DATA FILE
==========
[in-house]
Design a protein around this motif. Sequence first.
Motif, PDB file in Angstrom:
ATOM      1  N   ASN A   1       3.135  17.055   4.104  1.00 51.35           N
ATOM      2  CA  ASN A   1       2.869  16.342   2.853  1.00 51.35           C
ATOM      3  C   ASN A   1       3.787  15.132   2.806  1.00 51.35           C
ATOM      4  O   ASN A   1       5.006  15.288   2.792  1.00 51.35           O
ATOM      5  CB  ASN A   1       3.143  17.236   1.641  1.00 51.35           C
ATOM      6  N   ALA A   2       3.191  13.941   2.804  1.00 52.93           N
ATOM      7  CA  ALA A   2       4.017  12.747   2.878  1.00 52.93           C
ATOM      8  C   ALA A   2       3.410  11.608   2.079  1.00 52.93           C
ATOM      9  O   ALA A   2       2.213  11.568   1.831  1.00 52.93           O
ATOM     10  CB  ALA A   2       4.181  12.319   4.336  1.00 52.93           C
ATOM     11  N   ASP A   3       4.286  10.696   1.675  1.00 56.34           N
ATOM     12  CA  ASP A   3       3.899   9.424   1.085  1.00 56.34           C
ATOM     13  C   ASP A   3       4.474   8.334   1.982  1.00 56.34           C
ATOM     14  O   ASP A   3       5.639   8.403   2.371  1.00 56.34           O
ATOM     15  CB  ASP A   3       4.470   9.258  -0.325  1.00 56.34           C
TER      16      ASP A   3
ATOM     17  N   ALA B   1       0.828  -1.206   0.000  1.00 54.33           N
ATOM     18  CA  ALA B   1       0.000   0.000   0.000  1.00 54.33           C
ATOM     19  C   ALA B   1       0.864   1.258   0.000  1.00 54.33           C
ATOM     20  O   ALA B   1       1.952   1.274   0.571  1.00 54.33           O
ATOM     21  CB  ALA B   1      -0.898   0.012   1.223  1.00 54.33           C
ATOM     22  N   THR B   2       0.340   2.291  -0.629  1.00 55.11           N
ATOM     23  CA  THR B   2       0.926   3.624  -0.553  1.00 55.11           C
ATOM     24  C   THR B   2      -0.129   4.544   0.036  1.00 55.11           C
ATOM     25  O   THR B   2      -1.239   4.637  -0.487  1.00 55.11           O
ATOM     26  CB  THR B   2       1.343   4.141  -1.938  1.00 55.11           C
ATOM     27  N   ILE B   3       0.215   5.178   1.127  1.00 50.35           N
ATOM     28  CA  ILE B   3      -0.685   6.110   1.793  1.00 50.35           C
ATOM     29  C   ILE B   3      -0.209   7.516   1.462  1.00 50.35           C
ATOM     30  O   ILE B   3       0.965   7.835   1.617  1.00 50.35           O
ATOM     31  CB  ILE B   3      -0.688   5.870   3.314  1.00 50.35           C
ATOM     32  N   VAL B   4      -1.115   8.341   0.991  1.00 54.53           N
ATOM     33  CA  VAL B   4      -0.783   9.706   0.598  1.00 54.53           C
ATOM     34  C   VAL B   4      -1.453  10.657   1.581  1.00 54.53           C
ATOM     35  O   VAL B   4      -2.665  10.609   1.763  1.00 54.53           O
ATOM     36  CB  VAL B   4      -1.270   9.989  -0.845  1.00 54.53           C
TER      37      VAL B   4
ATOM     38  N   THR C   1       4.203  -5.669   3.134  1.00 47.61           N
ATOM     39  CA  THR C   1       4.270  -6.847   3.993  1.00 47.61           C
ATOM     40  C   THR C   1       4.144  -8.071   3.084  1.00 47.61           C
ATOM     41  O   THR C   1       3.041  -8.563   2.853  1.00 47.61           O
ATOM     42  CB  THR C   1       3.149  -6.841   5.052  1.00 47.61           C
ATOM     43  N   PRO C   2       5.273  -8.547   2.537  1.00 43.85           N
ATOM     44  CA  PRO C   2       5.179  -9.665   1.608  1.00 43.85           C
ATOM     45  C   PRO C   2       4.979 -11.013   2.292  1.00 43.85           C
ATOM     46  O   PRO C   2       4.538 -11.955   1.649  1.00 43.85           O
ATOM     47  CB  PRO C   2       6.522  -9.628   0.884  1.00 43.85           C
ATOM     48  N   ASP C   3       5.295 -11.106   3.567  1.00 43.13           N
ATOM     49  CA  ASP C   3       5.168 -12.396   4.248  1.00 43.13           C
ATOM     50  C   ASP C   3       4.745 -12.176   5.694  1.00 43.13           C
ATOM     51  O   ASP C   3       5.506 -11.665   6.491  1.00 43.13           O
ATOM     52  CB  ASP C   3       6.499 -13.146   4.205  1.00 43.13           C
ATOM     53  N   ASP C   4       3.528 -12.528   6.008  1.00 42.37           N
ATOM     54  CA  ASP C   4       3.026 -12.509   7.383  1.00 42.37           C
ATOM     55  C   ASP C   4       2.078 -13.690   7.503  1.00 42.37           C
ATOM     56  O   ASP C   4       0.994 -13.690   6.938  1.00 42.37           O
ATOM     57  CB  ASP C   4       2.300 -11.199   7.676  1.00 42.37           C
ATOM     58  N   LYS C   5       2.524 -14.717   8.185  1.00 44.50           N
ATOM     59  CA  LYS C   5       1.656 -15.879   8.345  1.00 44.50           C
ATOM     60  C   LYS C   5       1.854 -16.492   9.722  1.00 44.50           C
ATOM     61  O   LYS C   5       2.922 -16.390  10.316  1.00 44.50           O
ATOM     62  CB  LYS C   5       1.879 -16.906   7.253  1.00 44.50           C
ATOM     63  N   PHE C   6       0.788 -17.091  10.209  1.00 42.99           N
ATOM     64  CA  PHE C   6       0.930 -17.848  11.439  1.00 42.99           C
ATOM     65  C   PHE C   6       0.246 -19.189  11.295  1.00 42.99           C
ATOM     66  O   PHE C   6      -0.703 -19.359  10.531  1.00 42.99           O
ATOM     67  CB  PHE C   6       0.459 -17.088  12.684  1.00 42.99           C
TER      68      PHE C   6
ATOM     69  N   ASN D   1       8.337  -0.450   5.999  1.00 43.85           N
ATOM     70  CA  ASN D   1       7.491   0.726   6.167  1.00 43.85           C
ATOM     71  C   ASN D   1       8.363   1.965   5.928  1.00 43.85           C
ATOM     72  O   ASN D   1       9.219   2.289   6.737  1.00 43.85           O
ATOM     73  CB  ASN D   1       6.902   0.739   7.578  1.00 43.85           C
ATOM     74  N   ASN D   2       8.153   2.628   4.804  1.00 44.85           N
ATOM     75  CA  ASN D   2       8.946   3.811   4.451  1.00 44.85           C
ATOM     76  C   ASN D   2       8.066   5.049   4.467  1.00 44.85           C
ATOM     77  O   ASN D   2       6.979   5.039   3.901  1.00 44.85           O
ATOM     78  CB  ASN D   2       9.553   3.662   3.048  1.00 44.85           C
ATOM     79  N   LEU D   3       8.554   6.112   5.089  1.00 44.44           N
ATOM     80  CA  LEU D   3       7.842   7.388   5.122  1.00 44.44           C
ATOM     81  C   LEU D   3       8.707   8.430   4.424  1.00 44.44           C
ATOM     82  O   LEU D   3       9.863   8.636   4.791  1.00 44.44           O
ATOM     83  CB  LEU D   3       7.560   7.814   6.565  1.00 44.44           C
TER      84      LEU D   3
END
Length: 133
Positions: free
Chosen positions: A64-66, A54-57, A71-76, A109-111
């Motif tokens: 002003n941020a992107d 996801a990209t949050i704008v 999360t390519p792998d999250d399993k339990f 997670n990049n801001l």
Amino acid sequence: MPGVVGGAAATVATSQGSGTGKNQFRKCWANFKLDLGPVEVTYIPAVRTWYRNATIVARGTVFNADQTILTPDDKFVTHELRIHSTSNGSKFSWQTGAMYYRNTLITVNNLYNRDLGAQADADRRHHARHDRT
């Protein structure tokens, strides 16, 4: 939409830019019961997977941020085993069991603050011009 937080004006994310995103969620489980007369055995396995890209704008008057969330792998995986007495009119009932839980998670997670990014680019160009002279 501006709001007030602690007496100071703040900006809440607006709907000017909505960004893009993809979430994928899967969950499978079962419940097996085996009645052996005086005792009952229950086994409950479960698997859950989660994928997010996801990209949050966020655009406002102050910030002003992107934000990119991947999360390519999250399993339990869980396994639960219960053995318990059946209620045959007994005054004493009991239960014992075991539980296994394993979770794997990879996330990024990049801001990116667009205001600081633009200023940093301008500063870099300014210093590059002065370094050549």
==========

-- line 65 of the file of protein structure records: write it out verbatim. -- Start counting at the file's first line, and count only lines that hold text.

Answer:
ATOM     62  CB  LYS C   5       1.879 -16.906   7.253  1.00 44.50           C